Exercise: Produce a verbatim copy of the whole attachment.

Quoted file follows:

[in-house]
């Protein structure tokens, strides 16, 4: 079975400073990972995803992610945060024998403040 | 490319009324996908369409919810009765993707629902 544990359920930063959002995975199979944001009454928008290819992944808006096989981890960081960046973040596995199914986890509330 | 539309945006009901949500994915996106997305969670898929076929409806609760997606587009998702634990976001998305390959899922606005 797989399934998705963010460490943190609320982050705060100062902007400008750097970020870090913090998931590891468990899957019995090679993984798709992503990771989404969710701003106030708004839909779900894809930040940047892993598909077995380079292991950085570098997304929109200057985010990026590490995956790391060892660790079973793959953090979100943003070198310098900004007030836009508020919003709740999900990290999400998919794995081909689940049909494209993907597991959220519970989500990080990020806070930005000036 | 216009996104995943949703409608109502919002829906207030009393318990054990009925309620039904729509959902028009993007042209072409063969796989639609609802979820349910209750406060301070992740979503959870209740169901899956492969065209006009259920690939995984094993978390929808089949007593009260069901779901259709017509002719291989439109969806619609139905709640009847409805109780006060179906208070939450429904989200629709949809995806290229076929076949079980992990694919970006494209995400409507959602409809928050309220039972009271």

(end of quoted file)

[in-house]
């Protein structure tokens, strides 16, 4: 079975400073990972995803992610945060024998403040 | 490319009324996908369409919810009765993707629902 544990359920930063959002995975199979944001009454928008290819992944808006096989981890960081960046973040596995199914986890509330 | 539309945006009901949500994915996106997305969670898929076929409806609760997606587009998702634990976001998305390959899922606005 797989399934998705963010460490943190609320982050705060100062902007400008750097970020870090913090998931590891468990899957019995090679993984798709992503990771989404969710701003106030708004839909779900894809930040940047892993598909077995380079292991950085570098997304929109200057985010990026590490995956790391060892660790079973793959953090979100943003070198310098900004007030836009508020919003709740999900990290999400998919794995081909689940049909494209993907597991959220519970989500990080990020806070930005000036 | 216009996104995943949703409608109502919002829906207030009393318990054990009925309620039904729509959902028009993007042209072409063969796989639609609802979820349910209750406060301070992740979503959870209740169901899956492969065209006009259920690939995984094993978390929808089949007593009260069901779901259709017509002719291989439109969806619609139905709640009847409805109780006060179906208070939450429904989200629709949809995806290229076929076949079980992990694919970006494209995400409507959602409809928050309220039972009271």